Exercise-Induced Vital Sign Changes May Predict Sickle Cell Prognosis


Analyses of vital sign changes from the 6-minute walk test may be indicative of cardiopulmonary function and potential survival among patients with sickle cell disease.

Solomon Johnson, MS

Findings from a new study strengthen the notion that vital sign changes caused by exercise may reveal hemolysis and cardiovascular dysfunction for sickle cell disease patients.

Further analysis revealed a potential association between increased systolic blood pressure from physical activity and better survival.

In a study presented at the American Society of Hematology (ASH) 2020 Annual Meeting, Solomon Johnson, MS, University of Pittsburgh School of Medicine, and colleagues used the 6-minute walk test to assess distribution and predictors of vital signs changes and their potential associations with patient survival.

“The test is used for people with sickle cell disease who are suspected of having hypoxia or an elevated estimated pulmonary arterial systolic pressure, which increases the risk for early death,” Johnson and team wrote.

However, they noted that “the prognostic significance of patterns of vital sign change in adult SCD patients completing the 6-minute walk test is currently unknown.”

Using data from the multinational observational Walk-PhassT study, the investigators calculated change in vital signs—such as heart rate, O2 saturation, systolic blood pressure, diastolic blood pressure, and pulse pressure—normalized for walk distance following the 6-minute walk test.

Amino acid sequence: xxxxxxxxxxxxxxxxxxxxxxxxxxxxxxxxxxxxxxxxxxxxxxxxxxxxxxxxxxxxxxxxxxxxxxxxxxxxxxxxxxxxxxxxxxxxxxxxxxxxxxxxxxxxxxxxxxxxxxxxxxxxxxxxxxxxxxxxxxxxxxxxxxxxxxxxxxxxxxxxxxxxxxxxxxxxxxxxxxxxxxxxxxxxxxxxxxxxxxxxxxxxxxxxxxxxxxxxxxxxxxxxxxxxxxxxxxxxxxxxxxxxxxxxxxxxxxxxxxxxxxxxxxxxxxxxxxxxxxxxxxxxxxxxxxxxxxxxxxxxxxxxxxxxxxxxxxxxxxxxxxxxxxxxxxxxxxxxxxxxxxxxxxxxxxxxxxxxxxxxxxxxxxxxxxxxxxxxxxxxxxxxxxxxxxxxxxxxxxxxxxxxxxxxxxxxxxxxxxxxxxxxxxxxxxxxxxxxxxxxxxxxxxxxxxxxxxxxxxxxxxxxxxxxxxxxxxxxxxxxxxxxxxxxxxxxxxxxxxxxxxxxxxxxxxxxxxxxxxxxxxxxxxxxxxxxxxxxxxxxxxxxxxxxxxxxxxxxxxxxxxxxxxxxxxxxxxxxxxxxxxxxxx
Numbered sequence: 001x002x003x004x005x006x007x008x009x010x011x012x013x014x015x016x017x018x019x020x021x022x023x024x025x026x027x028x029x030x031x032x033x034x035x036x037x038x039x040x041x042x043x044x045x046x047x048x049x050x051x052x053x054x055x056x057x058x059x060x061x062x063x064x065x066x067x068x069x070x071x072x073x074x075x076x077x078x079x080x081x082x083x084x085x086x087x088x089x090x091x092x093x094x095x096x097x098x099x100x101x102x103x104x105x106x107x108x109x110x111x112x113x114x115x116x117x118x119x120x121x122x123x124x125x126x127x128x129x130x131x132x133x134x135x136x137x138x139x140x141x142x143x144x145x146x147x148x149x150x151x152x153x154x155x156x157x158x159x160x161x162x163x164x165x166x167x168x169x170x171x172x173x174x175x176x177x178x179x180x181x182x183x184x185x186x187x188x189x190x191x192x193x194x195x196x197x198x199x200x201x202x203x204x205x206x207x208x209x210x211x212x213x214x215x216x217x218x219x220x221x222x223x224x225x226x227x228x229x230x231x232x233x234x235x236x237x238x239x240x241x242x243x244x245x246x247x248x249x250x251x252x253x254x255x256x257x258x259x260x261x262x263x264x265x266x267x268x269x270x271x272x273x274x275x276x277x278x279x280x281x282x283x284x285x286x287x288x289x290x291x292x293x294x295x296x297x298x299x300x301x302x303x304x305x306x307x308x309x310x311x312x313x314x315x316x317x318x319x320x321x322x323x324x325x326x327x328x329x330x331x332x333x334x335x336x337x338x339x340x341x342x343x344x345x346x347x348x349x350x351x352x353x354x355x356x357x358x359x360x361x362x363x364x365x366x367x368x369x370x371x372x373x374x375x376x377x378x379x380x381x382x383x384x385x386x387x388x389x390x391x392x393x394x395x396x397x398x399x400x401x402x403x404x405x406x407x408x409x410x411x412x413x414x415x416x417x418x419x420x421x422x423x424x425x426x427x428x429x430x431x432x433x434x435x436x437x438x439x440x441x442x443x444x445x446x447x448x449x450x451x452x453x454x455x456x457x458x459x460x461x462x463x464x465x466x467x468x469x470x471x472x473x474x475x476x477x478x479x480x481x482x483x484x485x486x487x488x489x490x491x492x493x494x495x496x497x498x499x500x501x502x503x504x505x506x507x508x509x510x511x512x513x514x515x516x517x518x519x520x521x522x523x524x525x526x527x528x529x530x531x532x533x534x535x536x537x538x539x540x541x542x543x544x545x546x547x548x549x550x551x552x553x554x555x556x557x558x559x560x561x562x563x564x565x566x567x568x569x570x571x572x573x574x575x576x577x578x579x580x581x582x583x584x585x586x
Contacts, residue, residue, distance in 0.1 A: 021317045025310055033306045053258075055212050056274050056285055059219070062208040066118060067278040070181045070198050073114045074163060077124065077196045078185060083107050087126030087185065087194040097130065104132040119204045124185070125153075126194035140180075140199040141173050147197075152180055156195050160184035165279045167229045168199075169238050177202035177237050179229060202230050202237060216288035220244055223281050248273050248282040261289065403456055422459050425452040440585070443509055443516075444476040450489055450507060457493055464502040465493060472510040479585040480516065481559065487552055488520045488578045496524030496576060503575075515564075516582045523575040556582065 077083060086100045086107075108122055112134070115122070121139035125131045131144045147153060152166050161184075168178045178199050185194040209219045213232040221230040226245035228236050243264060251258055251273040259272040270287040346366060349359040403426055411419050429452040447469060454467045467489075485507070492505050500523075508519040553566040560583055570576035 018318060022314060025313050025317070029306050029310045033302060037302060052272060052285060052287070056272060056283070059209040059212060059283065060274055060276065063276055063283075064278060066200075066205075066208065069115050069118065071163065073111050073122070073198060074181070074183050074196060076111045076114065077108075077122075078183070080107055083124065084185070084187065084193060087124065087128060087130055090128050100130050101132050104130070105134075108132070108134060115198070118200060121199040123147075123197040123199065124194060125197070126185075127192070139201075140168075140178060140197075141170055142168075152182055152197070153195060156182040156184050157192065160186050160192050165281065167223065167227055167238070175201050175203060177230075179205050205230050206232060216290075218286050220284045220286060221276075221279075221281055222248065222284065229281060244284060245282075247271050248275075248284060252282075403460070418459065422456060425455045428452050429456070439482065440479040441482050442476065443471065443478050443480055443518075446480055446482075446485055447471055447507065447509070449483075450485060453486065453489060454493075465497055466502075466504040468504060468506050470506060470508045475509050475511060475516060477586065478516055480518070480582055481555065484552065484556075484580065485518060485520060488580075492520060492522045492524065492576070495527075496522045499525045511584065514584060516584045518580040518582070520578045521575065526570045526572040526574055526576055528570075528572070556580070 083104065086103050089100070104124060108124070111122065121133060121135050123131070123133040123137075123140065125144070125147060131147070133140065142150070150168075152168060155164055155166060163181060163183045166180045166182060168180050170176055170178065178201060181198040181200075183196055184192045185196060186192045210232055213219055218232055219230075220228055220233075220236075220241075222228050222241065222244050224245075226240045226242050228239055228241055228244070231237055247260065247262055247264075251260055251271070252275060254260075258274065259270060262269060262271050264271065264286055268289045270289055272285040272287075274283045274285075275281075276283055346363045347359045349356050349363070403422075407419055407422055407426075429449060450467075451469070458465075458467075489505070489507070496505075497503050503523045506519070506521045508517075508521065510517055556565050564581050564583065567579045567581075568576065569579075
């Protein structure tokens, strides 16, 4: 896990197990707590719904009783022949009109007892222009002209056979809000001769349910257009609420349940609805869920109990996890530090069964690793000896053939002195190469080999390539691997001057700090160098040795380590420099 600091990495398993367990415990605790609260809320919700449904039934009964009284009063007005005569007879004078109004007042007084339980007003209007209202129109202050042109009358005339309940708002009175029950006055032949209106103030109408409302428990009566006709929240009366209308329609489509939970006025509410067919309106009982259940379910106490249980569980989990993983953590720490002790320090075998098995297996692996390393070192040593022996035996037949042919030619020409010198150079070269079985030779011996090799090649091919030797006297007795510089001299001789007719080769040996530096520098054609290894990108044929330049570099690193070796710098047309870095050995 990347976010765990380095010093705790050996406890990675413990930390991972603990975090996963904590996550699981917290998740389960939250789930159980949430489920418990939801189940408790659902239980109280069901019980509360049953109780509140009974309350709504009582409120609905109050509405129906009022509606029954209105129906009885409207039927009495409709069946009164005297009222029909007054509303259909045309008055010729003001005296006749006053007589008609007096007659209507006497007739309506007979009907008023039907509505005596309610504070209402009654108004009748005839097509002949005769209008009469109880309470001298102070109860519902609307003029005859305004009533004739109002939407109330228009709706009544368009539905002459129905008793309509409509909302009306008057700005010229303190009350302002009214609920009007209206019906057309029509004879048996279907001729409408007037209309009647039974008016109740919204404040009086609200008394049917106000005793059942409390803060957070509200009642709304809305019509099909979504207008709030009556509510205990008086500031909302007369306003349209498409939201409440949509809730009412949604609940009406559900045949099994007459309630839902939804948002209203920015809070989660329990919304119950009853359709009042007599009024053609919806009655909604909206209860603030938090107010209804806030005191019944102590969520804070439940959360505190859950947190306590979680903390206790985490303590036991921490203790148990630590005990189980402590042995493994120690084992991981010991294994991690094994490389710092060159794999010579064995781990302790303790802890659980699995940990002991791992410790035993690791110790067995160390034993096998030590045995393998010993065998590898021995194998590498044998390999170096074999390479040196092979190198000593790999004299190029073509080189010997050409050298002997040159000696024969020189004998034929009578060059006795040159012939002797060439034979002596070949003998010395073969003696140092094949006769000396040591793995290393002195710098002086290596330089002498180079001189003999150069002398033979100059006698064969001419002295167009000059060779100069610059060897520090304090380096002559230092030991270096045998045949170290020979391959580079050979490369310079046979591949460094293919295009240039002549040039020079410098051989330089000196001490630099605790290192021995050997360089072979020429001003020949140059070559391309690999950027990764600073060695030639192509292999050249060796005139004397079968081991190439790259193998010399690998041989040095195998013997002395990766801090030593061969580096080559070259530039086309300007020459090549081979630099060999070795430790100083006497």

They then performed bivariate and LASSO regression analyses to determine the significant predictors of change in each vital sign. A Cox proportional hazard analysis was used to assess the impact of vital sign change and time of death.

Thus, a total of 630 adult patients with sickle cell disease were assessed. The mean age was 37 years old, 47% were male, and 77% had the HbSS phenotype. According to follow-up data of a median time of 29 months, 3.7% of the 592 evaluated patients died within that time span.

Heart rate (90%) and systolic blood pressure (77%) were cited as the 2 vital signs that had changed the most frequently among patients.

The team noted significant but weak positive correlations between tricuspid regurgitation velocity (TRV) and increases in heart rate (r = 0.08; P < .05) and systolic blood pressure (r = 0.13; P = .002), in addition to decreases in O2 saturation (r = -0.09; P = .03).

Increases in pulse pressure were also found to have significant positive correlations with TRV (r=0.14; P = .001), left ventricular mass index (r = 0.10; P = .02), and composite index of hemolysis (r = 0.09; P = .03).

“Pulse pressure increased more during the 6-minute walk test in patients with self-reported pulmonary hypertension than patients without pulmonary hypertension (median 1.6 vs. 1.3 per 100-meter walk, P = .04); while heart rate increased less (median 3.4 vs. 4.3 per 100-meter walk, P = .04),” the team wrote.

Further, LASSO models indicated TRV and markers of hemolysis to be predictors of O2 desaturation during the test. However, higher left ventricular ejection fraction and non-SS genotypes predicted lesser O2 desaturation.

Older age and higher left ventricular volume were both associated with a reduction of diastolic blood pressure.

Following adjustment for TRV and N-terminal pro-brain natriuretic peptide concentration, the team found that any increase in systolic blood pressure during the test was linked with better survival (HR = 0.3; P = 0.019).

Johnson and colleagues suggested that the ability to increase systolic pressure during light exercise may have association with cardiac output. Therefore, this may be indicative of a potential physiological advantage for sickle cell disease patients.

“These findings could be used as the basis for future mechanistic studies of exercise effects on cardiovascular function in sickle cell disease patients,” they concluded.

The study, “Exercise Induced Changes of Vital Signs in Adults with Sickle Cell Disease,” was presented at ASH 2020. 

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